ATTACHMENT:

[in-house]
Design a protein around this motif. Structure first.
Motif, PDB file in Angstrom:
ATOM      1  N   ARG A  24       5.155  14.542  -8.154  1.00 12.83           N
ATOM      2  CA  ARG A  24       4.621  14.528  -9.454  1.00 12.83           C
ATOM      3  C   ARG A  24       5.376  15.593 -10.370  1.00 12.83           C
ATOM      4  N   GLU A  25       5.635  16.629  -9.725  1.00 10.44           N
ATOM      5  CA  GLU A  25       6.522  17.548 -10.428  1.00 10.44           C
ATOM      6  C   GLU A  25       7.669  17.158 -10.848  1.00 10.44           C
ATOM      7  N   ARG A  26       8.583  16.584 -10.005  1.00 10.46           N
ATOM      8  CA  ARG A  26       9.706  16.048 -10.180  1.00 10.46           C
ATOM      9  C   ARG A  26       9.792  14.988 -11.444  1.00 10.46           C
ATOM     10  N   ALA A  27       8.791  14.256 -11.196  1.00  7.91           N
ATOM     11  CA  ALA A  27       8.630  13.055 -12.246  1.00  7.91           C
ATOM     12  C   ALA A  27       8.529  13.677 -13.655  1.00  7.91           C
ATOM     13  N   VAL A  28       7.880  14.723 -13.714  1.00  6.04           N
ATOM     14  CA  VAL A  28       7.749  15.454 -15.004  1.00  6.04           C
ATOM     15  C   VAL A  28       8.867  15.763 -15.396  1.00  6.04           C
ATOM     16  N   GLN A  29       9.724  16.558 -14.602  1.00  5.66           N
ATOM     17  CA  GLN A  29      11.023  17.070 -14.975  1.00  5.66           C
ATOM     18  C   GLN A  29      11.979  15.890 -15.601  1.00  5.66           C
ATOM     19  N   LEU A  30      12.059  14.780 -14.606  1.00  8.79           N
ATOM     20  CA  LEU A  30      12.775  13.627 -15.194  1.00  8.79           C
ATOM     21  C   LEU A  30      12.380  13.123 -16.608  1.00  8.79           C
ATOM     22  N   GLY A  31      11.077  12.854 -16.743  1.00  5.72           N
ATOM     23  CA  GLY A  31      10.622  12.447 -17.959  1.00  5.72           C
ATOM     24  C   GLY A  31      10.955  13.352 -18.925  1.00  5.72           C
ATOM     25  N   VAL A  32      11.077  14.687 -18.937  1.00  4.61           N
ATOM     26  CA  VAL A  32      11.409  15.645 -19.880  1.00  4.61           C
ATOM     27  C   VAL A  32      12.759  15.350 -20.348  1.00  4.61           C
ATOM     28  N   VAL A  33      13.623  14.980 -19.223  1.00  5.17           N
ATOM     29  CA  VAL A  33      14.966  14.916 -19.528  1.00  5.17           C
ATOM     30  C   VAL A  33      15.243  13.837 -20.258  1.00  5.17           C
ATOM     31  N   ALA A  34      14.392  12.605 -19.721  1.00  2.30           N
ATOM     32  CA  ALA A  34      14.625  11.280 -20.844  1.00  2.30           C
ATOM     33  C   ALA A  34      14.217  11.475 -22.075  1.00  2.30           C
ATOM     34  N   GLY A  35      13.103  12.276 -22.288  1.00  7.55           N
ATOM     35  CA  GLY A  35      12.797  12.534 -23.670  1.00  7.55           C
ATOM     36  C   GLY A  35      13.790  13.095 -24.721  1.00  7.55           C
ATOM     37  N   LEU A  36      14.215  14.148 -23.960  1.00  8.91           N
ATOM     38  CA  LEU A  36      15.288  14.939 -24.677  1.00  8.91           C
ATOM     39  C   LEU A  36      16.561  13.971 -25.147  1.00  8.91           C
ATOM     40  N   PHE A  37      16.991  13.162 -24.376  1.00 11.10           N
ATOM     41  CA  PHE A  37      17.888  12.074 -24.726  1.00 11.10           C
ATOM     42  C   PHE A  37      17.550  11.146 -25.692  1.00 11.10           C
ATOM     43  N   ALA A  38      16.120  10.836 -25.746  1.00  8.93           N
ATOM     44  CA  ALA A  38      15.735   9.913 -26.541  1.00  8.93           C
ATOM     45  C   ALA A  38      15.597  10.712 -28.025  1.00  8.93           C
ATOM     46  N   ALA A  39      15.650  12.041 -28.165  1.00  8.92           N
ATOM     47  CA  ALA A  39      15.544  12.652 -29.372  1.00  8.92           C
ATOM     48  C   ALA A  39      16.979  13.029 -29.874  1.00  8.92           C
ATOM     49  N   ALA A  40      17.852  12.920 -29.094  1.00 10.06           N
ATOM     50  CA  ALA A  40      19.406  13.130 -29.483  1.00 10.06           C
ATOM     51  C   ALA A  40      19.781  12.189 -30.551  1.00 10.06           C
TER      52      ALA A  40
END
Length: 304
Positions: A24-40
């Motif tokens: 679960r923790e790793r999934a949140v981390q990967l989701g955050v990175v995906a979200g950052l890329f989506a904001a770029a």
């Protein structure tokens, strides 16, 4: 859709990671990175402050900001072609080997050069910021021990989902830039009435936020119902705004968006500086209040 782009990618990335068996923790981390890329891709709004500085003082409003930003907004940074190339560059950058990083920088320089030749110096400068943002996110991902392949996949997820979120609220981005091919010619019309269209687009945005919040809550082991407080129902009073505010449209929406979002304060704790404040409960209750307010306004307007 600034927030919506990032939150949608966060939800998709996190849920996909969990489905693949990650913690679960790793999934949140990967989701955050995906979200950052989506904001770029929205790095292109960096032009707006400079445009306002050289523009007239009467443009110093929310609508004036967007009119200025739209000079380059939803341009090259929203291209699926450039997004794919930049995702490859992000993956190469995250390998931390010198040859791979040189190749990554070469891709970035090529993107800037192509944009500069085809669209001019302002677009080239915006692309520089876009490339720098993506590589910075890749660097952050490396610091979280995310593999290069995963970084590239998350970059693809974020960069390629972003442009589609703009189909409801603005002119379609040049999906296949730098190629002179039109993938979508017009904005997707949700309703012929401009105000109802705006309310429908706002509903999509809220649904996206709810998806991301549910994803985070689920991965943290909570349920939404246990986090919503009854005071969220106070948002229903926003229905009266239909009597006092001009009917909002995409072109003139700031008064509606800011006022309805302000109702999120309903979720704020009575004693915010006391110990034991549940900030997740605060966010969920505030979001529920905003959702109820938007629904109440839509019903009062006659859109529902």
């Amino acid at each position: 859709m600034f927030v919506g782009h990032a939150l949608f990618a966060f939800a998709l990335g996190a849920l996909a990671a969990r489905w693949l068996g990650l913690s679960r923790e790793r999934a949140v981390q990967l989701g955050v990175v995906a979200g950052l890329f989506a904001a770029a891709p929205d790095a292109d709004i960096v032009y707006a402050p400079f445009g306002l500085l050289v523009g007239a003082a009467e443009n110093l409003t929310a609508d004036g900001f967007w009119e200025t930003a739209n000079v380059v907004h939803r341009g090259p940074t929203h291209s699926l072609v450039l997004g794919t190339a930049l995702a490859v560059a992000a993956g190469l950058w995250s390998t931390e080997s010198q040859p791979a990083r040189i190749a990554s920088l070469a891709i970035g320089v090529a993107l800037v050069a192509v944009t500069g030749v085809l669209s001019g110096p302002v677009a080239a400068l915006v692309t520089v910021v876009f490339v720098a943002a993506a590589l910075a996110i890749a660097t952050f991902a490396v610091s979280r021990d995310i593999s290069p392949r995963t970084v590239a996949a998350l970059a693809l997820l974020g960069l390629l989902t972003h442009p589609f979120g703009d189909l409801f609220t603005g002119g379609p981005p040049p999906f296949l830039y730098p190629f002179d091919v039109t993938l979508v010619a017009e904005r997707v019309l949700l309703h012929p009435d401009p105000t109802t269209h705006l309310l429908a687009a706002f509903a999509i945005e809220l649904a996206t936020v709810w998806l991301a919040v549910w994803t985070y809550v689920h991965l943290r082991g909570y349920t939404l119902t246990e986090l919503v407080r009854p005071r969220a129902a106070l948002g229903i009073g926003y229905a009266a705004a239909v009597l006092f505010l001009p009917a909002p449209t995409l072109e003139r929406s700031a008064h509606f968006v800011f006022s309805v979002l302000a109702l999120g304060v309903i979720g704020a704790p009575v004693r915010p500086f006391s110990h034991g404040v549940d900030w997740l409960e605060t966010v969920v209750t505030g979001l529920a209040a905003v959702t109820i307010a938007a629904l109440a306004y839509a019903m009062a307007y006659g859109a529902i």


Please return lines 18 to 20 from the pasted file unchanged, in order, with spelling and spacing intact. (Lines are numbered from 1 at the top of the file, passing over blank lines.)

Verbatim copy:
ATOM     15  C   VAL A  28       8.867  15.763 -15.396  1.00  6.04           C
ATOM     16  N   GLN A  29       9.724  16.558 -14.602  1.00  5.66           N
ATOM     17  CA  GLN A  29      11.023  17.070 -14.975  1.00  5.66           C